- The case is not only one of the largest ever rulings against a sovereign, it also means that Yukos shareholders could start seizing assets across Europe.
TODAY: Hague tribunal orders $50bn Yukos payout, Lavrov hints at appeal; U.S. accuses Russia of violating Cold War nuclear arms treaty; Pussy Riot seek compensation; West expected to issue further sanctions in wake of MH17 crash; British lawyers preparing to sue Putin; geckos found in space.
As expected, a tribunal in the Hague ordered Russia to make a $50 billion payout to former shareholders of oil company Yukos, having ruled that the state had purposefully sought to bankrupt it. Mikhail Khodorkovsky, the company’s former CEO, welcomed the ruling as ‘fantastic’, but said he hoped the money would come from the state, and not from ‘the pockets of mafiosi linked to the powers that be’. The ruling saw a decline in Russia’s RTS index; oil major Rosneft says the case will not affect it or its assets. Foreign Minister Sergei Lavrov says Moscow may launch an appeal of the decision. A legal academic in the UK told RFE/RL that there is no appeal mechanism for the decision, only a possibility to challenge the final sum; he also said that ruling could take at least ten years to enforce. The U.S. has accused Russia of violating a 1988 Cold War treaty regulating nuclear weapons, and is calling for Russia to ‘eliminate any prohibited items’ and engage in immediate bilateral talks. It remains unclear which terms of the treaty have been violated. Pussy Riot members Nadezhda Tolokonnikova and Maria Alyokhina are seeking damages from Russia in their case before the European Court of Human Rights – in the sum of €120,000 each, plus legal fees – in compensation for their two year imprisonment.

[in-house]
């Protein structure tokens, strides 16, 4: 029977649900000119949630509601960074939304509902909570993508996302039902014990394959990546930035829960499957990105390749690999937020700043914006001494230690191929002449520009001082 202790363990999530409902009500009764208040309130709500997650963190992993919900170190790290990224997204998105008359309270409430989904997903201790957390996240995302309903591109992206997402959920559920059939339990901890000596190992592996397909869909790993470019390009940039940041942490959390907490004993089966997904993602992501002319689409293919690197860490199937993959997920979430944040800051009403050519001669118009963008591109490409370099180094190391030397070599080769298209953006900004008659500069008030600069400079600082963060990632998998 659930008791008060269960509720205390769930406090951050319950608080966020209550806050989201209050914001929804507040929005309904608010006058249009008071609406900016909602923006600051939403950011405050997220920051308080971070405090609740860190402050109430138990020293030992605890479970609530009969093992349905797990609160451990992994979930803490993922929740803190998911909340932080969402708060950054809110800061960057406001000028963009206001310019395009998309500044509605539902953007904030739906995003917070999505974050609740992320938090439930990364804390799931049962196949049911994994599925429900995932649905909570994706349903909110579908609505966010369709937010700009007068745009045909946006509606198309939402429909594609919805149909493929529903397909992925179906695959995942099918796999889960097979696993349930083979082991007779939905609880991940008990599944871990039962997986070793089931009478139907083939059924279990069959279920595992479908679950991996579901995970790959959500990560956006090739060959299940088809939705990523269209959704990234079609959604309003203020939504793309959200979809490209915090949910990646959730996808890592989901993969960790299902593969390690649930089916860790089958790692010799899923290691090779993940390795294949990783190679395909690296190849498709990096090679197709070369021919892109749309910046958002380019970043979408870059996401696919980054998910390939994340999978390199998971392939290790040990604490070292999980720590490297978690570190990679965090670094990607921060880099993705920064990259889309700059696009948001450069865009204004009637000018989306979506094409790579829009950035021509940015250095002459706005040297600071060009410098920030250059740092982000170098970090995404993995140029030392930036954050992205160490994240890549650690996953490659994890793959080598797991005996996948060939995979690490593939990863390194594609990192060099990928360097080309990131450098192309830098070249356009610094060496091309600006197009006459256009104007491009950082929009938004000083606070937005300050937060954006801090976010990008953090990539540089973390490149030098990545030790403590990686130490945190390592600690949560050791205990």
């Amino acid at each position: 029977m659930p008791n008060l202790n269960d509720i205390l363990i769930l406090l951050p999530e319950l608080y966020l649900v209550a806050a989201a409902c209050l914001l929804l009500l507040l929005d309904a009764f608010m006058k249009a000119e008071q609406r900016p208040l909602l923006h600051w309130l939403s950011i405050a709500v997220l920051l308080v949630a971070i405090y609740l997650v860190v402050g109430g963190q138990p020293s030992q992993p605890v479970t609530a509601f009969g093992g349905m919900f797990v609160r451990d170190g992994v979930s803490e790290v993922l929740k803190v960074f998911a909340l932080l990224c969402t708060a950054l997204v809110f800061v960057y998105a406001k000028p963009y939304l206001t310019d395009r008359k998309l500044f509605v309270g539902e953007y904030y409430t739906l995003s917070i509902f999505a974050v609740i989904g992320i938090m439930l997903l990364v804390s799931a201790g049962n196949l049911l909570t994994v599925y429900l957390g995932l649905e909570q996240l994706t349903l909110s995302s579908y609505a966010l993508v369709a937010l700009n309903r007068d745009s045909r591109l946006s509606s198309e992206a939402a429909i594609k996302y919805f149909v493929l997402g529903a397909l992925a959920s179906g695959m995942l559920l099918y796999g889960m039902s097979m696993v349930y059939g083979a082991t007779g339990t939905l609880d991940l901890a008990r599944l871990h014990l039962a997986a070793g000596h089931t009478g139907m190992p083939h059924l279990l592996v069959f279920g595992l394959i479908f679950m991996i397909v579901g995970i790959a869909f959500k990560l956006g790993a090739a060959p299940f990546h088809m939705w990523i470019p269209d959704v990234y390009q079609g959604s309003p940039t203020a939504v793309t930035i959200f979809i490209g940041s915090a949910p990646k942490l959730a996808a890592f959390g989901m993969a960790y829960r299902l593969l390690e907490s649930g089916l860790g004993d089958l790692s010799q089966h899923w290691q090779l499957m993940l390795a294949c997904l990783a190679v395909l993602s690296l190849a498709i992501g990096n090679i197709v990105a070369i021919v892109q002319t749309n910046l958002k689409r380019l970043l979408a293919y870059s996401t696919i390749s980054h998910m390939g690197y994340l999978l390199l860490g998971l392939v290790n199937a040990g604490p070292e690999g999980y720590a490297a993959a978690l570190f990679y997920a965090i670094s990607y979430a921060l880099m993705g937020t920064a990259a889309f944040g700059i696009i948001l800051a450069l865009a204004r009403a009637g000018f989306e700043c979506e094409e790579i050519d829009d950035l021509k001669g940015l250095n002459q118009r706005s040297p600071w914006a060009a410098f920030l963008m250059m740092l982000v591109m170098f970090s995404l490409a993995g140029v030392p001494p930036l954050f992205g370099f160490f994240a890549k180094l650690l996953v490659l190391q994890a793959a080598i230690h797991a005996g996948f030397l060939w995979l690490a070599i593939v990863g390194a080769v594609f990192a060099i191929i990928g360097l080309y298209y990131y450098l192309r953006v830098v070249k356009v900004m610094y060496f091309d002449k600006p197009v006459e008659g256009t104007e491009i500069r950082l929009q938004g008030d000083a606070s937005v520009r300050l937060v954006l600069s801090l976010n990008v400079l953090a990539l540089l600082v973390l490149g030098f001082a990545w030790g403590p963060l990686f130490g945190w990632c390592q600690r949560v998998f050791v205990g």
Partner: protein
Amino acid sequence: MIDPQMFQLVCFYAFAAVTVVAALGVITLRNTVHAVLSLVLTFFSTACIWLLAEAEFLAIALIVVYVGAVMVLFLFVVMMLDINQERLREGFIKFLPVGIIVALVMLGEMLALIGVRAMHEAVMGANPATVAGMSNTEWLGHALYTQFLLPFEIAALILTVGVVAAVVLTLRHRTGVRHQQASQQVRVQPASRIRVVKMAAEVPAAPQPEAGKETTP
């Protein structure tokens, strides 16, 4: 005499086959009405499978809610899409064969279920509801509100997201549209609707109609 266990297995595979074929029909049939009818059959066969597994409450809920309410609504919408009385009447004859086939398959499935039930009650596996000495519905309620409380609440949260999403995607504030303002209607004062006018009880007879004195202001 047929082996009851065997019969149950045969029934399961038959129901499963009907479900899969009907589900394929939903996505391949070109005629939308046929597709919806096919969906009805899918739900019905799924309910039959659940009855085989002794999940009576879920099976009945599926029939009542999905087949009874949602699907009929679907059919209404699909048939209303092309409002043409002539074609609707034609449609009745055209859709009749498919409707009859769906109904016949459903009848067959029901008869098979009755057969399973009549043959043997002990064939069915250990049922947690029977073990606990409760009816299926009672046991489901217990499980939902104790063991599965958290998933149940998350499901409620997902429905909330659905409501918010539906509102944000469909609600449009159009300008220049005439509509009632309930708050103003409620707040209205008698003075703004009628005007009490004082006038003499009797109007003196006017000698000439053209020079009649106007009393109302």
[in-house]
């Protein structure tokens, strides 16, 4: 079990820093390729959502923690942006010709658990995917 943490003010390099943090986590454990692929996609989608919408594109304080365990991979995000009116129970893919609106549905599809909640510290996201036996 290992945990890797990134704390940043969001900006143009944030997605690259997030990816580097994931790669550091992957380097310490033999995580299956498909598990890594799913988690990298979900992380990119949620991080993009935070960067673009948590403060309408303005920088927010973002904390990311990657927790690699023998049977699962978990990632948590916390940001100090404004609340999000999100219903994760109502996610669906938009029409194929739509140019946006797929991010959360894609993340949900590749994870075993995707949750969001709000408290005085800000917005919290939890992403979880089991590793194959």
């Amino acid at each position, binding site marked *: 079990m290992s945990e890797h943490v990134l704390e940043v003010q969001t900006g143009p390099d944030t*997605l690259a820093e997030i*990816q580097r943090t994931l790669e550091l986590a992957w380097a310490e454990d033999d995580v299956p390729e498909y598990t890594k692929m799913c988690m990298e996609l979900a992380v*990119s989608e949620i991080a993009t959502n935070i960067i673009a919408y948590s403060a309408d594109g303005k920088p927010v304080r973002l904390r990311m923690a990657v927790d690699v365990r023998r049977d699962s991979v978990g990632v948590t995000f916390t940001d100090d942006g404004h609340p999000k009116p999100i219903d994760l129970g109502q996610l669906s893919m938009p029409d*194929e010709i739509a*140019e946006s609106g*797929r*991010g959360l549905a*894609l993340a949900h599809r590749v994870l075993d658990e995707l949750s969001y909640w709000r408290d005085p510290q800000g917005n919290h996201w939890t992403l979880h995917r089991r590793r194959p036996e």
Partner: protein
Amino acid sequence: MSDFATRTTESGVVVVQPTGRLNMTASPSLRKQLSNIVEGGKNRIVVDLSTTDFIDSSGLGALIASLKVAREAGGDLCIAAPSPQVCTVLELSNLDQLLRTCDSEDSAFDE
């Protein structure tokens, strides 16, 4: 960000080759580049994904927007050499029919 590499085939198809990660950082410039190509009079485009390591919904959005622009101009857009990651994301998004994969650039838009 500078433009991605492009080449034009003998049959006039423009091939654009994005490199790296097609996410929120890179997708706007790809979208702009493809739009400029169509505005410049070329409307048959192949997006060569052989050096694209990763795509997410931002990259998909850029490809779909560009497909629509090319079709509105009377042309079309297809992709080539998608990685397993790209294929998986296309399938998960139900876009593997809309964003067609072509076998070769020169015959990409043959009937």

The ruling handed down today by the Arbitration Tribunal of The Hague awarding $50 billion in damages to Yukos shareholders for the expropriation of company represents one of the most important judicial events in recent history.
The tribunal’s ruling not only represents one of the largest ever against a sovereign, but the decision also cuts to the core of the corrupt structure of the current administration in the Kremlin, where the instruments of state power were manipulated as part of a “devious and calculated expropriation,” featuring not only a merciless persecution of the shareholders but also a rigged auction to place the prized assets of Russia’s most successful company in the hands of Rosneft.
At the very center of President Vladimir Putin’s state the Tribunal has found a terrible criminal act upon which much of the state’s power and influence was corruptly built. This ruling has the potential to serve as precedent for many other cases of abuses of state power by Russia (from unlawful arrests to corporate raids to shutting off gas supply, etc.). I would say that the ruling resembles the beginning of the end of Russian impunity.